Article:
As far as I can tell, the response is yes. The Bible demonstrates this, and it is the primary reason I hold this view.
Another reason I hold this view is that the Bible’s depiction of this concept explains why it is not a conflict.
Note: To demonstrate that the attitude of loving our adversary found in Romans 12 is not contradicted by the spirit of just human punishment, I will present five examples from the Bible.
Here we discuss some questions frequently asked by people.
1. Can you trust that God will bring justice to those who wronged you?
My friends, do not take revenge; rather, make place for God’s anger, for the Bible says, “Vengeance is mine, I will recompense” (Romans 12:18-20). Make a place for God’s anger, since He will retaliate. When you realize it is already in His hands, there’s no reason to take matters into your own.
2. When it comes to forgiving your attackers, what does God have to say?
God commands His people to provide mercy to those who have wronged them. Kaci, age 11, states, “Jesus forgave all those people who mocked and injured Him. The crucifixion of Jesus was an injustice that should have been rectified.
3. Does God want to get even with us?
Never return evil for evil or anybody will eventually learn to stop bothering you. It is written: “It is a treasure to take revenge; I will repay,” so my dear friends, do not take revenge; instead, make room for God’s wrath. If your enemy is dehydrated, give him a drink, and if he’s hungry, feed him.
4. What does God do with our shattered lives?
Broken souls generate crops, broken clouds provide rain, the broken grain becomes bread, broken bread provides strength, and God uses broken people to accomplish incredible feats.
5. What causes God to take someone out of your life?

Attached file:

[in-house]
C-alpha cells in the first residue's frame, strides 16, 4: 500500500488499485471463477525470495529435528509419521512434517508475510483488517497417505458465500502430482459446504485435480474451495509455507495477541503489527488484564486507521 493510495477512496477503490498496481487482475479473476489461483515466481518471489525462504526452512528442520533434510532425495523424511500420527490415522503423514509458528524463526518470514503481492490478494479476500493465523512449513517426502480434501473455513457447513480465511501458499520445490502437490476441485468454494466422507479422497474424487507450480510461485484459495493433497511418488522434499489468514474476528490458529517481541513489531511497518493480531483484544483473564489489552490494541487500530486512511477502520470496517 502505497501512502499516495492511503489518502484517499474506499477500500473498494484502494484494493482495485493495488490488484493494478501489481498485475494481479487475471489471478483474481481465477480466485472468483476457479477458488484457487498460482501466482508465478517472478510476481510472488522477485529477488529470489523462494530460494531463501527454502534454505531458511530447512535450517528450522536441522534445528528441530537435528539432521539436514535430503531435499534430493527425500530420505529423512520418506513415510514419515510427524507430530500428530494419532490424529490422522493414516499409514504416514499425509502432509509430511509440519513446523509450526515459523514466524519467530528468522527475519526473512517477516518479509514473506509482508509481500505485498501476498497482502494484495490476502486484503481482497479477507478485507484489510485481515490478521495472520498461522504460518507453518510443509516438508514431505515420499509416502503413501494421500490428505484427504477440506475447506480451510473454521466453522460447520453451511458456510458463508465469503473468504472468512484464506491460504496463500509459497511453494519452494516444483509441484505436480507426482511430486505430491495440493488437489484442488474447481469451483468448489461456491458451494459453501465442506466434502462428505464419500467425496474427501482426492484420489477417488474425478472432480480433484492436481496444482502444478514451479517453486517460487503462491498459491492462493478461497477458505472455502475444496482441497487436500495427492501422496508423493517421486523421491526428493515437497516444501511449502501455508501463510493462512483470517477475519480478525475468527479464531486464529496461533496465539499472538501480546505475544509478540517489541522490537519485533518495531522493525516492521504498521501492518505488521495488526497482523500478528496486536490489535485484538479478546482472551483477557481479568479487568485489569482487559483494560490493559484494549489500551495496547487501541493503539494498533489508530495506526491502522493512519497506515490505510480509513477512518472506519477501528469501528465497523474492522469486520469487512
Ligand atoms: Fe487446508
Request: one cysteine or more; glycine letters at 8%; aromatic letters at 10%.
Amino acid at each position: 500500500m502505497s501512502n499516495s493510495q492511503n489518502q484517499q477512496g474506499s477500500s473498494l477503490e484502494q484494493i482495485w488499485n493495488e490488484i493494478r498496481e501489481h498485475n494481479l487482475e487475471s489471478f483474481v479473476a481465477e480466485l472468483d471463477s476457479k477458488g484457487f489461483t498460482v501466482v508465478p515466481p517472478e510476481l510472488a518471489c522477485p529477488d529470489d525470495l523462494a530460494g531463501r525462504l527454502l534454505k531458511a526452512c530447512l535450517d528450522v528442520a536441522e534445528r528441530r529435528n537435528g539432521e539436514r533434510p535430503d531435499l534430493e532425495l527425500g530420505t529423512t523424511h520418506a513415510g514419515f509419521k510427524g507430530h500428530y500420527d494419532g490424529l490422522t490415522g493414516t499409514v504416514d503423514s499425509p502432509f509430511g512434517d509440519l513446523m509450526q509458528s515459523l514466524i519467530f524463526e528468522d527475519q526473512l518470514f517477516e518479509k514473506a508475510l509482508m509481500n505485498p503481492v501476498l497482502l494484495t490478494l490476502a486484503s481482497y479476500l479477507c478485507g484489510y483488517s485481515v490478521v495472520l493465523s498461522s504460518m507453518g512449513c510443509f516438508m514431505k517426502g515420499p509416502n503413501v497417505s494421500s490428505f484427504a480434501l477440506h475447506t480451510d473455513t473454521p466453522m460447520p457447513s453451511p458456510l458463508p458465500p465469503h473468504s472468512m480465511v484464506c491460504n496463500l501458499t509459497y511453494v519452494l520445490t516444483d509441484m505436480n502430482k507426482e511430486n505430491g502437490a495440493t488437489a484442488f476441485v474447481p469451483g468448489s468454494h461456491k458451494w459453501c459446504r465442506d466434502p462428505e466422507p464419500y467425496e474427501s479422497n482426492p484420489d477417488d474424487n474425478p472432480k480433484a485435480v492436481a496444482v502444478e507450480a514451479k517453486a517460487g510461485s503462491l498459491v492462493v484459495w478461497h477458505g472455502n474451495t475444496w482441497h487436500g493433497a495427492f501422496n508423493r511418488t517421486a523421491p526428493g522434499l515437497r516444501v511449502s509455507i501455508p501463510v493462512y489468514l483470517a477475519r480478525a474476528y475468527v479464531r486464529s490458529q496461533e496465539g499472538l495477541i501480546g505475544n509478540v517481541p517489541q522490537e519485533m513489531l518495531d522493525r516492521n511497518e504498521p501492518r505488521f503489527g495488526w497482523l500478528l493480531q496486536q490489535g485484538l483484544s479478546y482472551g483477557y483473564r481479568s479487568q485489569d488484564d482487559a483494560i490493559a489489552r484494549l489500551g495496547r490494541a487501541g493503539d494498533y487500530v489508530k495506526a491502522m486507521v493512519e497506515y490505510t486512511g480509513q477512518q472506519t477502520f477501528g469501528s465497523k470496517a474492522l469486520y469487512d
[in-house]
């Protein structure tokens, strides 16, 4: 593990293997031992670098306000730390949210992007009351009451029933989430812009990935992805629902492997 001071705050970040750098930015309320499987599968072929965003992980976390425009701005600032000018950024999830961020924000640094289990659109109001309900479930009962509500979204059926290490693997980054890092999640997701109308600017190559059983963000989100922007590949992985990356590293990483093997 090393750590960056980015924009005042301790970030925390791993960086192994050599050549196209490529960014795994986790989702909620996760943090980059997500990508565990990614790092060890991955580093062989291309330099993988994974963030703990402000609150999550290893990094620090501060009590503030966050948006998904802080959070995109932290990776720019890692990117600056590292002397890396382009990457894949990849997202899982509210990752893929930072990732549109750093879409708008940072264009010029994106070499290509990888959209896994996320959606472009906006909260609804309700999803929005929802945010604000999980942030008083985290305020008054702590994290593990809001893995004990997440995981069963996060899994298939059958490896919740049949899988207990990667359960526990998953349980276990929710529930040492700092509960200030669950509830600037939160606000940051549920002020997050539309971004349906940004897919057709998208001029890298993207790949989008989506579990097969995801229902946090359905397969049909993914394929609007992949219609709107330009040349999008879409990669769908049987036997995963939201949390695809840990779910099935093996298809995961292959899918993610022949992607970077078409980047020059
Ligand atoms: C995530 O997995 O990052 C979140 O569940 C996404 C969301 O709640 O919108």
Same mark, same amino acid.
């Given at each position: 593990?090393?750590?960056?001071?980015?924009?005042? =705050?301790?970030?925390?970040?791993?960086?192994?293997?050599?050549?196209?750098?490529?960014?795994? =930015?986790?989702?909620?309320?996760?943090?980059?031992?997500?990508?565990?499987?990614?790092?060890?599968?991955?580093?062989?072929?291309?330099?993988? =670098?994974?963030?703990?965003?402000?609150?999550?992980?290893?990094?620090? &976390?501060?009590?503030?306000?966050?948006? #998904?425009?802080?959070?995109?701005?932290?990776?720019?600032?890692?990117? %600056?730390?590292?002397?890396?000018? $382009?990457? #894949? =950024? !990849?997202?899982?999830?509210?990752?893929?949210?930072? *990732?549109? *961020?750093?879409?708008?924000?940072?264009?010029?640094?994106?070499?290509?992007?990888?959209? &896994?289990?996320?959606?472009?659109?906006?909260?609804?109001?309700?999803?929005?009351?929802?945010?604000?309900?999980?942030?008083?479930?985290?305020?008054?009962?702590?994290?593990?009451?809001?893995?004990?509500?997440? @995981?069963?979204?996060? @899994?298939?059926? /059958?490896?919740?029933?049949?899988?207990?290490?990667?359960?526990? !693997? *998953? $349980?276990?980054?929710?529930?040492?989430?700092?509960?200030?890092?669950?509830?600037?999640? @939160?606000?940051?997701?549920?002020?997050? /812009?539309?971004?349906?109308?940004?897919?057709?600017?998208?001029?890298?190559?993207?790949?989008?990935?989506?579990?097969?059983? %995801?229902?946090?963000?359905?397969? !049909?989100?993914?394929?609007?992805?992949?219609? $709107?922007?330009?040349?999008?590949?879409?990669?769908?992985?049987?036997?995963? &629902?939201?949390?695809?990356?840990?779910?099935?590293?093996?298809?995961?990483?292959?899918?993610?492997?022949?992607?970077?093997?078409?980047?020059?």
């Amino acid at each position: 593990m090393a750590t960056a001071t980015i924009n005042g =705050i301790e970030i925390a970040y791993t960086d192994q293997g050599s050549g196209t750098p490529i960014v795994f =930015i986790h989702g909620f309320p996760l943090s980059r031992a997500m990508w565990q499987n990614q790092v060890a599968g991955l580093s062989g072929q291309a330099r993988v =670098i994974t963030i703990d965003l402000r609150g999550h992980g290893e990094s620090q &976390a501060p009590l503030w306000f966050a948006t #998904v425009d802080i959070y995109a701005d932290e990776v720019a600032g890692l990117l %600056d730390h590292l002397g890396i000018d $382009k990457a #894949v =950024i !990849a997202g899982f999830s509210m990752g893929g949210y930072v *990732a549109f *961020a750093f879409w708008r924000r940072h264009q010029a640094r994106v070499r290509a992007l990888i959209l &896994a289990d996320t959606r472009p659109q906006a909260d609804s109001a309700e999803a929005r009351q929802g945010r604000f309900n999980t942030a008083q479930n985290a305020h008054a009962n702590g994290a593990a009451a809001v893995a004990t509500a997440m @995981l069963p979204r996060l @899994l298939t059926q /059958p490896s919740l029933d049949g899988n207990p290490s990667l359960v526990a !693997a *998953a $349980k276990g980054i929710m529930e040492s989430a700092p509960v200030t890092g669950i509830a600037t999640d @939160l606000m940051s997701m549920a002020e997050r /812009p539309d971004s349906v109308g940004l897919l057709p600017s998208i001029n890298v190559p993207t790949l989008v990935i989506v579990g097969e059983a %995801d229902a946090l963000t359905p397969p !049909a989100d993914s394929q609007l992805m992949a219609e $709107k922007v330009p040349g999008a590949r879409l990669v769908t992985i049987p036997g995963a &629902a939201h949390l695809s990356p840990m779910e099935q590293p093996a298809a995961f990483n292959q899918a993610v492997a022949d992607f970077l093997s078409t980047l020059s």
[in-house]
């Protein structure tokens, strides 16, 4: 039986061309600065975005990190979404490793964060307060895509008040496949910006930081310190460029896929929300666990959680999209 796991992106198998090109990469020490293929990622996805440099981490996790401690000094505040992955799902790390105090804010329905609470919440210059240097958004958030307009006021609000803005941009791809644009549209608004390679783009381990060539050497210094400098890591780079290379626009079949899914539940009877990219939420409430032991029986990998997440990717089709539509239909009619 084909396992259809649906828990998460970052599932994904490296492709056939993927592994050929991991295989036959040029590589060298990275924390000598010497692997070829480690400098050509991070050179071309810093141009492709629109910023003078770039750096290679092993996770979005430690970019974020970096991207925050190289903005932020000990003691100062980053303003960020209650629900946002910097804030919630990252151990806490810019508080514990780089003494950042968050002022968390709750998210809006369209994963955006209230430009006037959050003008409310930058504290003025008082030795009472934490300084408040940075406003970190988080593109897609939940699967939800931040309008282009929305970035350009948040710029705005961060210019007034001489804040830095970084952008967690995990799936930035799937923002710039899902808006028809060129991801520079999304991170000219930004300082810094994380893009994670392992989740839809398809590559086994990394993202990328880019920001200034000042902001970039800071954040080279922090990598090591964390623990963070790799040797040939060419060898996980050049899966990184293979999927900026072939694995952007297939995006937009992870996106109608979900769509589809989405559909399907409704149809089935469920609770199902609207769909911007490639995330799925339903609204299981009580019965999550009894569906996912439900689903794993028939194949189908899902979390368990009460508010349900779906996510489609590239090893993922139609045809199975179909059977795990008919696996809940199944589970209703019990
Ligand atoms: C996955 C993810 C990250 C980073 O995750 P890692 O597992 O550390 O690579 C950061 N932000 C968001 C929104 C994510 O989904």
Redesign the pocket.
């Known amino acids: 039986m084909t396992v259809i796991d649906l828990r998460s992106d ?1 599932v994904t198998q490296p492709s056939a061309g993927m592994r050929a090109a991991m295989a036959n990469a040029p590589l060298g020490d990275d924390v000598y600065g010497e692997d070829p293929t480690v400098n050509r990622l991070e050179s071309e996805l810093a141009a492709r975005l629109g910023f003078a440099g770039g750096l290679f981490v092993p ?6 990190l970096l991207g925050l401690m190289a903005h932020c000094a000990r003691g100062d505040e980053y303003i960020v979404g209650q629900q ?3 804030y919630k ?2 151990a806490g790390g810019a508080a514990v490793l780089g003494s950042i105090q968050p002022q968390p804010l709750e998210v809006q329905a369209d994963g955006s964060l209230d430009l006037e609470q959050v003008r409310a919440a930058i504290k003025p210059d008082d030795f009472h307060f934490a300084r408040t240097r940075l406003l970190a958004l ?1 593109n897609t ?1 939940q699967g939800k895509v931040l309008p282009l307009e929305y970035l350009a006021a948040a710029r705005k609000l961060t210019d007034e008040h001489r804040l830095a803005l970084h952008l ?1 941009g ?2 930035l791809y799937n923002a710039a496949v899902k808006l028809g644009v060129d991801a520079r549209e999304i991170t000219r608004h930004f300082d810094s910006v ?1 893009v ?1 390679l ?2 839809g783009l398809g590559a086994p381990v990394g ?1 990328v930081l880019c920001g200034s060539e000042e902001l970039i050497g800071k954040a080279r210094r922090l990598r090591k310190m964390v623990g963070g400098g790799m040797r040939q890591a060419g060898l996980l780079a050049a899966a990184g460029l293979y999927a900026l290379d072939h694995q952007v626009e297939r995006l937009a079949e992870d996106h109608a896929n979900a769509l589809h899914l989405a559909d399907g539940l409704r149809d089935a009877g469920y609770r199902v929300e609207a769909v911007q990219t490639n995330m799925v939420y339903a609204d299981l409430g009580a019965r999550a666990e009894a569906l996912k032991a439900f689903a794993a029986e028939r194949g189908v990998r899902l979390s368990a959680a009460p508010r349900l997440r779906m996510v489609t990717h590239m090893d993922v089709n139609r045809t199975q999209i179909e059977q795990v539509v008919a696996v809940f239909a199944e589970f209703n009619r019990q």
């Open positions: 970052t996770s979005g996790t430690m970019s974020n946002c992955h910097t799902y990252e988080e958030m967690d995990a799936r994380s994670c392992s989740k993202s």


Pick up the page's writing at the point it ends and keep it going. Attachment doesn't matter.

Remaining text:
The first is obvious: to carry out God’s will. God’s ultimate goal for us is to spend eternity in his heavenly kingdom with him. When we surrender to God, then are essentially giving him carte blanche to direct every aspect of our existence.
6. To what extent are we obligated by God to provide mercy to those who have wronged us?
If we come clean and ask for forgiveness, God is loyal and just to wash away our sins and make us righteous in his sight. As the Bible puts it, “For I will pardon their wickedness, and I will remember their misdeeds no more.”
7. Can you tell me how to invoke divine wrath?
Pray them out loud and with confidence; they will lead you deeper into the messiness, confusion, and brokenness that is the human condition. When God’s word causes you discomfort, or disagreement, or even makes you feel like you’re doing something wrong, welcome that feeling and go with it.
8. In the Bible, what does it mean when someone “has two faces?”
But let someone ask in confidence, without any uncertainty, for he who questions is like water that is blown and tossed either by the wind. 7 Because he is a man of two minds, prone to erratic behavior in every area of his life, the Lord will not bless him.
9. Do we know what God thinks of those who oppose us?
Luke 6:27. Listeners, however, I say this: Love your opponents, do good to those who dislike you, 28 bless some who curse you, and pray for the people who mistreat you.
10. God seems to favor the weak, but why is that?
That’s why God usually picks the helpless and the modest: they’re the ones who have to lean on God to accomplish their missions.
To demonstrate what God is like in his compassion and how he liberates us from wrath, greed, and fear, God urges us to be merciful. This includes repaying good for evil and serving our adversaries better than they deserve. To show the world what God resembles in his injustice, and how he liberates us to perform justice without a vicious attitude, God also commands us to preserve justice as members of the Sweet lord institutions to which we belong.